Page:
It’s 6:30, and I’m out with the nutjob puppy. I usually try to get up before 5, but I slept late today because we were at a dance recital and didn’t get home until almost midnight.
Dance recitals. I never in a million years would have expected myself to take part, but when Sonya was little, I said “I will follow her lead, let her explore her own interests.” In this way, we have ended up with multiple sports, plus piano and school. For all the girls. I’m immensely proud of them, of what they can do but also of how they express themselves, how they work on teams, the confidence they feel in themselves and their bodies.
This summer, the older two will do a horse camp, because we can’t manage lessons through the year, and I think there is something affirming about relationships with horses. And they love it. We aren’t doing any other summer camps this year, although there was a myriad available, because I want my kids to spend long lazy hot days pretending they are movie stars (err…YouTube stars) and fighting with their sisters. Not to save money (okay maybe) but because I really think long stretches of free play are important for their development.
As the kids’ activities have grown and become more involved, I have had conversations with lots of other parents – mostly mothers – about what was enough, what was too much. We look at the older girls in the activities, see if they are growing and learning like we hope ours will. We think about the lessons the kids are learning about teamwork, perseverance, appreciation for the arts, setting goals. And then we build free time into the schedule, no screens, having a sleepover, changing plans when we hear the neighbors running through the sprinkler. Even non-scheduled time (for them) is scheduled (by us).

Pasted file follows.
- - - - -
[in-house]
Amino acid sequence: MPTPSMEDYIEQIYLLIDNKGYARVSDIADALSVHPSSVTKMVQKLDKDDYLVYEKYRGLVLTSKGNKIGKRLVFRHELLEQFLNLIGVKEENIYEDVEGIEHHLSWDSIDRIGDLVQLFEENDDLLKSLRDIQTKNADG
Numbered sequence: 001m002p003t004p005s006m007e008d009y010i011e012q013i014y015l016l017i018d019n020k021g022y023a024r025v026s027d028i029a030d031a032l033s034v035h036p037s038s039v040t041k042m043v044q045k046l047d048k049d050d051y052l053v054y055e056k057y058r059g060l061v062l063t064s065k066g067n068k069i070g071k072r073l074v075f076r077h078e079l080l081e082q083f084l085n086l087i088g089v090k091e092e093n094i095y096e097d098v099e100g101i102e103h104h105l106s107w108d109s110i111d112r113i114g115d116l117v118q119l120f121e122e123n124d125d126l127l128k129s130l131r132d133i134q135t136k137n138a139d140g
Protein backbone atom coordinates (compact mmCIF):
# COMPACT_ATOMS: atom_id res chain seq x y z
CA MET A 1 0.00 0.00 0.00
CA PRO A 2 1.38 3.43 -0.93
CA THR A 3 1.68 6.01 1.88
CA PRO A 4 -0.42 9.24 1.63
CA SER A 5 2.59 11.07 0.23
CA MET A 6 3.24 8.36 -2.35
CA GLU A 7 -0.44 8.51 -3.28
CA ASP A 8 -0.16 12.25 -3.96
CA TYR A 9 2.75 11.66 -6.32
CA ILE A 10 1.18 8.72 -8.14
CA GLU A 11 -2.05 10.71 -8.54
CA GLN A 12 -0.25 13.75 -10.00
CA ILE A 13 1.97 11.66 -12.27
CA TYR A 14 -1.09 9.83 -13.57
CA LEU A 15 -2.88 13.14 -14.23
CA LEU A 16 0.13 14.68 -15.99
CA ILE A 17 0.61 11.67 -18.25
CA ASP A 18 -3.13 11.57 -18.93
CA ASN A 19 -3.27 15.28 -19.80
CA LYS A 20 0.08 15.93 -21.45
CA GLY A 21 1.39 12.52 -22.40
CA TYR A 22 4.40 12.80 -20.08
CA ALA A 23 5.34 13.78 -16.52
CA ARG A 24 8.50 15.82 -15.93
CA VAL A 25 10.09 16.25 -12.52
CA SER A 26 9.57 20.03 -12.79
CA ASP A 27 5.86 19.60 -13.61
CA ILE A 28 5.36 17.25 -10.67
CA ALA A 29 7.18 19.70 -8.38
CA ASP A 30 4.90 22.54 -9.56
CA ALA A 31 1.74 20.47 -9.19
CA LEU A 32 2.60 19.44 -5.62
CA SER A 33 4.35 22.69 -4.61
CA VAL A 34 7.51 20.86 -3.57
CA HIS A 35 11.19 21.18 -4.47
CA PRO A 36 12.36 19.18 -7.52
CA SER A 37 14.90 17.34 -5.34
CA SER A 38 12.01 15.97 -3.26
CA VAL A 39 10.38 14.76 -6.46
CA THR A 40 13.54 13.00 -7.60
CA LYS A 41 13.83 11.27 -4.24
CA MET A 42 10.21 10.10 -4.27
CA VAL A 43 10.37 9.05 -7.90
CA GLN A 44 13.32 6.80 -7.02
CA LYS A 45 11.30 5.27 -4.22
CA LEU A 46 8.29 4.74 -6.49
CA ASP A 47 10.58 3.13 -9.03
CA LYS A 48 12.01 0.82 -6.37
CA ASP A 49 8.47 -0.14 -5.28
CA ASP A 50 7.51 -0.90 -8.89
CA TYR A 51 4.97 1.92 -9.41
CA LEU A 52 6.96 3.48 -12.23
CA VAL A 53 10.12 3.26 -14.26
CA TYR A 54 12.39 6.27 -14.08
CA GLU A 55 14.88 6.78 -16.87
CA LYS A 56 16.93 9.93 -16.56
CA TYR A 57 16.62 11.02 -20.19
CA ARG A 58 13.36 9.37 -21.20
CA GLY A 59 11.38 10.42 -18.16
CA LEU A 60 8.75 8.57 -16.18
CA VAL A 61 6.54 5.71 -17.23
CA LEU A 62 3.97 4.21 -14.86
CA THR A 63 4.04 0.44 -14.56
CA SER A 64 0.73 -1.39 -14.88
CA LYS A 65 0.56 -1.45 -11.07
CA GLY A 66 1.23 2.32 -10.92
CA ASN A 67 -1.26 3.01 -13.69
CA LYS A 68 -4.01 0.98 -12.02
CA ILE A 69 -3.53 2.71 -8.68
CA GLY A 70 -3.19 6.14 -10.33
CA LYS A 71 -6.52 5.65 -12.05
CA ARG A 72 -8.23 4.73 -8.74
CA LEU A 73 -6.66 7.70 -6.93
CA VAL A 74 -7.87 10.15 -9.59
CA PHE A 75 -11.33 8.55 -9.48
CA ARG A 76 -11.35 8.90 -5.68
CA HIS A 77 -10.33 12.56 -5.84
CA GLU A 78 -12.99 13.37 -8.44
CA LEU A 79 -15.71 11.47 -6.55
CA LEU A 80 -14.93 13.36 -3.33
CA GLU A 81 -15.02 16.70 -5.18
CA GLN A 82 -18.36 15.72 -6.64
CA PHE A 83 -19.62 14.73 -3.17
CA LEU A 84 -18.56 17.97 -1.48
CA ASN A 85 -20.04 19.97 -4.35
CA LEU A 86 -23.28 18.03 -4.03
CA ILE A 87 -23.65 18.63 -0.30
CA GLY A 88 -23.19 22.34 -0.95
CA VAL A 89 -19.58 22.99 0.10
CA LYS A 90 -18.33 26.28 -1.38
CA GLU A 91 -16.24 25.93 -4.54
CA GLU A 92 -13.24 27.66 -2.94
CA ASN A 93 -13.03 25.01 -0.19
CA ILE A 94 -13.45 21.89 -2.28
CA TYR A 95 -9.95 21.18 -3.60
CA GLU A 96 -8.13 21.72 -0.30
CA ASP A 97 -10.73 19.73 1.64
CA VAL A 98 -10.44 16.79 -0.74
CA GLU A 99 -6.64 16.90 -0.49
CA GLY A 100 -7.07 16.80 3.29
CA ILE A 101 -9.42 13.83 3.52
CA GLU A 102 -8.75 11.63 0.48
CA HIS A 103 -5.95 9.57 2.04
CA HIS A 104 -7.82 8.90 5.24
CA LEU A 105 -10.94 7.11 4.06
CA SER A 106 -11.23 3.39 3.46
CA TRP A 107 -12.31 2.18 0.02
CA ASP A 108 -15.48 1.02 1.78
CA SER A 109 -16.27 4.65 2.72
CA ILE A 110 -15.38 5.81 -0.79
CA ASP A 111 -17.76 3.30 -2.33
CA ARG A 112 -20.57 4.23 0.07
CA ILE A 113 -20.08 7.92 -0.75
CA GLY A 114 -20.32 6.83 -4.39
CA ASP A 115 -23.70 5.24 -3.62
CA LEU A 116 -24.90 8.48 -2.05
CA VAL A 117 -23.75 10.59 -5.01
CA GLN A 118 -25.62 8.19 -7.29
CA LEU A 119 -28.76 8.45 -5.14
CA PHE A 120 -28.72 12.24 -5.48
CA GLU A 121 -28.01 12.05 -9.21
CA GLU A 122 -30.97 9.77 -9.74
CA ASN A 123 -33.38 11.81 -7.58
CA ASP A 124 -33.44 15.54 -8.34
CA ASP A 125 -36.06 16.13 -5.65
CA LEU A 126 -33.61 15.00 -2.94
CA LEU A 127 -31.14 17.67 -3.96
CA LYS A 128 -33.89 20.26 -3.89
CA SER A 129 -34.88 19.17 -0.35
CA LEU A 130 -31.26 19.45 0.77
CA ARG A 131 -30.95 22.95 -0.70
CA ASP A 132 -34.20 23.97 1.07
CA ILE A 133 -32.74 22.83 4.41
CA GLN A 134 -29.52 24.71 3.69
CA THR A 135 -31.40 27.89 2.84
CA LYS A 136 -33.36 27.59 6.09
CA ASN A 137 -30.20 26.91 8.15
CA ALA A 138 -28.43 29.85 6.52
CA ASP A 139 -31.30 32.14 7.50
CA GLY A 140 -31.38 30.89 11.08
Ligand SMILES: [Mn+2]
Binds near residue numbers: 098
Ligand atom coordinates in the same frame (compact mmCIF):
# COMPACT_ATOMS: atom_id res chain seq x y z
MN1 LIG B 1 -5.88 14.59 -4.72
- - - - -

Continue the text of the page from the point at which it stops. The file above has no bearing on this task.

Boredom is important. Reading is important. Socialization is important. Balanced meals are important. Keeping an eye on milestones is important. Dentist appointments are important. Eating from your garden is important. Breastfeeding is important. Travel experiences are important. The perfect school (whether that be perfect in terms of best scores or balanced community or whatever) is important. Everything, everything, feels life-or-death.
I read this article, “The Relentlessness of Modern Parenting,” and felt dizzy. And it’s not because, as somebody said, I need to “take off my busy badge.” Activities play a part in the exhaustion, and we do a lot of activities, but it’s much more than that. It’s the fact that parenting has become a science. We are supposed to learn to fly the plane midair, but also pick up a doctorate in flying at the same time.
“Intensive parenting” is a term I hadn’t heard before, but it rings so impossibly true. Even parents who incorporate free-range parenting are doing so because they have weighed the options and have decided that this is the best way to raise thoughtful humans. They shoo their children out not because they have better things to do than deal with them, but because they believe it helps children to develop the most effectively.